These comprehensive document compliance solutions provide lenders with the ability to enhance their compliance initiatives. It also gives lenders the tools they need to increase loan production, speed up turnaround times, while significantly mitigating risk. By providing a staff of mortgage banking attorneys to lenders, MRG also delivers the support and regulatory monitoring required to ensure loans are meeting the latest regulatory demands. These are value elements missing from traditional “doc prep” solutions.
Lending has changed forever. So, too, must the lenders document preparation solution. No longer can lenders rely on antiquated form libraries and technology from traditional “doc prep” providers that have limited legal expertise and experience. The risk and exposure is far too great!
Michael L. Riddle thinks:
1.) The big story for the year will be dramatic growth in origination, spurred by an improving economy (think job growth) and interest rates held abnormally low by various geo-political forces.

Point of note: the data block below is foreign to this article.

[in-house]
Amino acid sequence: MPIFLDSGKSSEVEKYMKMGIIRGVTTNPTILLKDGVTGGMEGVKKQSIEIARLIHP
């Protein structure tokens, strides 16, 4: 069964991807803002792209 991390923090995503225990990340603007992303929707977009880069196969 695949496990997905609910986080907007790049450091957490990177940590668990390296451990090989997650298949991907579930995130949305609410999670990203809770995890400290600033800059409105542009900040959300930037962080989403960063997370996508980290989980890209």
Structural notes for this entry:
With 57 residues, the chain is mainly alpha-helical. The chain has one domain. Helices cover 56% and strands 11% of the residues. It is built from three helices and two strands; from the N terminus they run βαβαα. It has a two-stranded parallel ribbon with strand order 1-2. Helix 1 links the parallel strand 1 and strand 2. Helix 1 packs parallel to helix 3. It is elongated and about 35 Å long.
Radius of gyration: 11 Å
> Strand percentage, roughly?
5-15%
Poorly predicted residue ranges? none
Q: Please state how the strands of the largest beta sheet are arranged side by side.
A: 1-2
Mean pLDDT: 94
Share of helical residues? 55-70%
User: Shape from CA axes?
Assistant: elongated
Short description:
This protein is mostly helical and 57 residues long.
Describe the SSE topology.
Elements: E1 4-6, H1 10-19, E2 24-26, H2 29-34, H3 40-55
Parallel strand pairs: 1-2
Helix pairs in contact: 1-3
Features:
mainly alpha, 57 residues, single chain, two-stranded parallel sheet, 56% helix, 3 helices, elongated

2.) The legal and regulatory pressure on lenders will continue, with further stress involving the Integrated Disclosure conversion, the expansion of fair lending litigation, and an emerging range of borrower defenses and challenges to the collection and foreclosure process.
3.) A lack of resolution to the question of how to end the GSE conservatorships will continue to leave lenders with long-term concerns about the stability of the secondary market.
Michael L. Riddle spearheaded MRG Document Technologies’ development of systems that efficiently provide “state-of-the art” disclosure and documentation services to national mortgage lenders via the Internet. Under his guidance, the firm’s mortgage services set the national standard for quality and compliance in the mortgage banking industry. Mr. Riddle is the co-founder and managing partner of the Middleberg Riddle Group, a preeminent mortgage banking law firm.